Many people may wonder if teeth are bones, since they are both hard, white, and contain calcium. However, teeth are not bones for several reasons. In this article, we will explore teeth bone structure and their function,  how teeth and bones differ in their structure, function, and healing process.

Structure of Teeth and Bones

Mineralized tissues make up both teeth and bones, but they have different compositions and structures. Collagen, a type of protein that provides a soft framework, and calcium phosphate, a mineral that adds strength and hardness, make up most of the bones. Living cells in the bones can produce new bone tissue and repair damage.

Four different types of tissue compose the teeth: enamel, dentin, cementum, and pulp. Enamel is the hardest substance in the body and covers the outer layer of the tooth. It consists of calcium phosphate and other minerals but does not contain any living cells or collagen. Dentin is the layer beneath the enamel and makes up most of the tooth structure. It is similar to bone in that it contains collagen and living cells, but it is harder and more brittle than bone. Cementum is a thin layer that covers the root of the tooth and helps to anchor it to the jawbone. It is also similar to bone, but it contains more collagen and less mineral. The pulp is the soft core of the tooth that contains blood vessels, nerves, and connective tissue. It is the only part of the tooth that is considered living tissue.

Function of Teeth and Bones

Teeth and bones also have different functions in the body. Bones provide support, protection, movement, storage, and blood cell production. They are part of the skeletal system that forms the framework of the body. Bones also store minerals such as calcium and phosphorus that they can release into the bloodstream when needed.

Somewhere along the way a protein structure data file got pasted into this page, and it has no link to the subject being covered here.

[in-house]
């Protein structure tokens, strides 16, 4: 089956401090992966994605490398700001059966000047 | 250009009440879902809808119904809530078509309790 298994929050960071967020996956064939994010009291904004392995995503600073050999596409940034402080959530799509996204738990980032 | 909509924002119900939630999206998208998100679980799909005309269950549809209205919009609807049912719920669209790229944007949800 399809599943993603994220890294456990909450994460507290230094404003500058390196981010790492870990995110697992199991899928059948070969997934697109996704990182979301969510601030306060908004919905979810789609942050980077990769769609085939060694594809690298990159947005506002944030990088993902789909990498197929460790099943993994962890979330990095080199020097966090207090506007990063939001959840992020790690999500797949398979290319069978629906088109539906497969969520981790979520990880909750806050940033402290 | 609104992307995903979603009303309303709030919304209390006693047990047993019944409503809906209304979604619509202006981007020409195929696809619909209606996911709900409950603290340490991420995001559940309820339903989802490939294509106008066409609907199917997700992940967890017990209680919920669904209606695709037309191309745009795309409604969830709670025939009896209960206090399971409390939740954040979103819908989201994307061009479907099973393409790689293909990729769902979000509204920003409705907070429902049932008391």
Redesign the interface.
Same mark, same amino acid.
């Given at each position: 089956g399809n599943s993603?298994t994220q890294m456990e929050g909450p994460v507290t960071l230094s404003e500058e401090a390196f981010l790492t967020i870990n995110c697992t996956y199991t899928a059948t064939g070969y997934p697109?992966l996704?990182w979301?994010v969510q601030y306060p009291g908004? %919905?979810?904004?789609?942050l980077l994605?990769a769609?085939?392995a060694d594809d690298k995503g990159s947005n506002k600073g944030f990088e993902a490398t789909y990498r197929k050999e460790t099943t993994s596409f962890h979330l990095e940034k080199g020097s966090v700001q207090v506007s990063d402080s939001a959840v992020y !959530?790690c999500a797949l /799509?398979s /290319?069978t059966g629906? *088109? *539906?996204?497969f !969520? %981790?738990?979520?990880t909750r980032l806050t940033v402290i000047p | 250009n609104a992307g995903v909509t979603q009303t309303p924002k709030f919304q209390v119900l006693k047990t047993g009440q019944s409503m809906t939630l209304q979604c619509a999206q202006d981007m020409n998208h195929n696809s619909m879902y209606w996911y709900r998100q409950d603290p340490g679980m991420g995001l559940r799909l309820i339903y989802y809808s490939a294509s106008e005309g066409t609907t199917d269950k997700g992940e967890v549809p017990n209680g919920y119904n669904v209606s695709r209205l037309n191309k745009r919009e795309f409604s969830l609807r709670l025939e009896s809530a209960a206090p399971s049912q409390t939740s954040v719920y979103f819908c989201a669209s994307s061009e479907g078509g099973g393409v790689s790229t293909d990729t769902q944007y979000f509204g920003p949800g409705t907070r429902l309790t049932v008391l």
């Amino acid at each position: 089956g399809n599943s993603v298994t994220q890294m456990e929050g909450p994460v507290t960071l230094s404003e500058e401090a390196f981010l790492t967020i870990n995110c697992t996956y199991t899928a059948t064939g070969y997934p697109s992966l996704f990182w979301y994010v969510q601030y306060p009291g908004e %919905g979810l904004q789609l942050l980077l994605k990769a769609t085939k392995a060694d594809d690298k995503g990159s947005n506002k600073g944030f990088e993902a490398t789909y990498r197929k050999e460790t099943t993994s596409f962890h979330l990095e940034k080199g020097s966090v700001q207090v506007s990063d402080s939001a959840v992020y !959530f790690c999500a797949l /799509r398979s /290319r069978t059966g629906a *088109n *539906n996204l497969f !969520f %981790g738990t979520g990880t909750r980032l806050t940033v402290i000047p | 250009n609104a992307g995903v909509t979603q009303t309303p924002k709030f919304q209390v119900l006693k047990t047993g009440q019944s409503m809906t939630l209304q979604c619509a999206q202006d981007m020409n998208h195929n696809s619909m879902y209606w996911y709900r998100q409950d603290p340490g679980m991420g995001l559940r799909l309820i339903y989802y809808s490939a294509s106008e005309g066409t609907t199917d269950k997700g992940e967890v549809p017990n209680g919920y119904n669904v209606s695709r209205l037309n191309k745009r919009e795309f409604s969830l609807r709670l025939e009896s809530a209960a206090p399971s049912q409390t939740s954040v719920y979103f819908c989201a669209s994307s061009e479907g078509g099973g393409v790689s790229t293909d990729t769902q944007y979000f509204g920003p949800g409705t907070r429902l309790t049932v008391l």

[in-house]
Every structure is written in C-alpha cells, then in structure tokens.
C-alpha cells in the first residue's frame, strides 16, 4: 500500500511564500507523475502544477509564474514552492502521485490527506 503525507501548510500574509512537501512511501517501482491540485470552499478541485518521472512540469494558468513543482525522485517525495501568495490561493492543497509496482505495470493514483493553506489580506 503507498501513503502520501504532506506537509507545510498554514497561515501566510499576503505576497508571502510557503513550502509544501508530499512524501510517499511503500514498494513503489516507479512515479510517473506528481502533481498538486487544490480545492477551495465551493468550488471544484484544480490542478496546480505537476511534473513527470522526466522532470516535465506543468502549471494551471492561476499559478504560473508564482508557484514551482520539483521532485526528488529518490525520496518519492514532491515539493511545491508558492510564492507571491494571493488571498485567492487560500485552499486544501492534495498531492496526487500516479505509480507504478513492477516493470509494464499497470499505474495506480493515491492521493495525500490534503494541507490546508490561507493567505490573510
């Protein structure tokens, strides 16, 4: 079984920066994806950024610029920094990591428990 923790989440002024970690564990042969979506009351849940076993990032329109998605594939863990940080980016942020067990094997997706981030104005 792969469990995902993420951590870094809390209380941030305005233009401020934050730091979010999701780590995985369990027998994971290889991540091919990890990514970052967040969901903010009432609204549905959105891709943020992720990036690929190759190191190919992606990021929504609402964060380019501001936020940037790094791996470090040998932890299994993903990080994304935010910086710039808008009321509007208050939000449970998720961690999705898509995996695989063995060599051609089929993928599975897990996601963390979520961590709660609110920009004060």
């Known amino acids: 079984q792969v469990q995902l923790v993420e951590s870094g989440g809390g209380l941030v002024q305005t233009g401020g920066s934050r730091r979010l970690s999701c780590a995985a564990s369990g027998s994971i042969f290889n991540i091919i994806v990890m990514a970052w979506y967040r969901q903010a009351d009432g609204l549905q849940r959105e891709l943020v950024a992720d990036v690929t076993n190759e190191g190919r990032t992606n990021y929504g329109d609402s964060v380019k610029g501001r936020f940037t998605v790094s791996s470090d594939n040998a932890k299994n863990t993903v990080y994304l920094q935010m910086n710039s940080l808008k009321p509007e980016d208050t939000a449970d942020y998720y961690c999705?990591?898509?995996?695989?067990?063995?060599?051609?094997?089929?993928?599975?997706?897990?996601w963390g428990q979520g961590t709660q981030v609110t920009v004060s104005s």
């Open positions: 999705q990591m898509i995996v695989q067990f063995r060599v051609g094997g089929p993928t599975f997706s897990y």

Teeth are part of the digestive system that help to break down food into smaller pieces that can be swallowed and digested. They also help to shape the face and enable speech and expression. Teeth do not store minerals or produce blood cells.

Healing Process of Teeth and Bones

Another major difference between teeth and bones is how they heal when damaged. Bones have a remarkable ability to heal themselves when broken or fractured. The body produces new bone cells that bridge the gap between the broken pieces and form a hard callus that eventually remodels into normal bone.

Teeth, on the other hand, cannot heal themselves when damaged by decay or trauma. Once lost, enamel does not regenerate, and dentin can only repair itself to a limited extent. The pulp can become infected or inflamed when exposed to bacteria or injury, which can cause pain and tooth loss. The only way to restore damaged teeth is to seek dental treatment such as fillings, crowns, root canals, or implants.


This sentence is already in active voice. Active voice means that the subject of the sentence acts, while passive voice means that the subject of the sentence receives the action. In this sentence, the issue is “teeth” and the action is “differ from bones”. The subject is doing the action, not receiving it. Therefore, this is an example of an active voice. Teeth help to chew food and support facial features, while bones provide support, protection, movement, storage, and blood cell production. Teeth cannot heal themselves when damaged by decay or trauma, while bones can regenerate new bone tissue when broken or fractured. Therefore, teeth should not be treated like bones but rather like precious gems that need to be protected and cared for with good oral hygiene habits.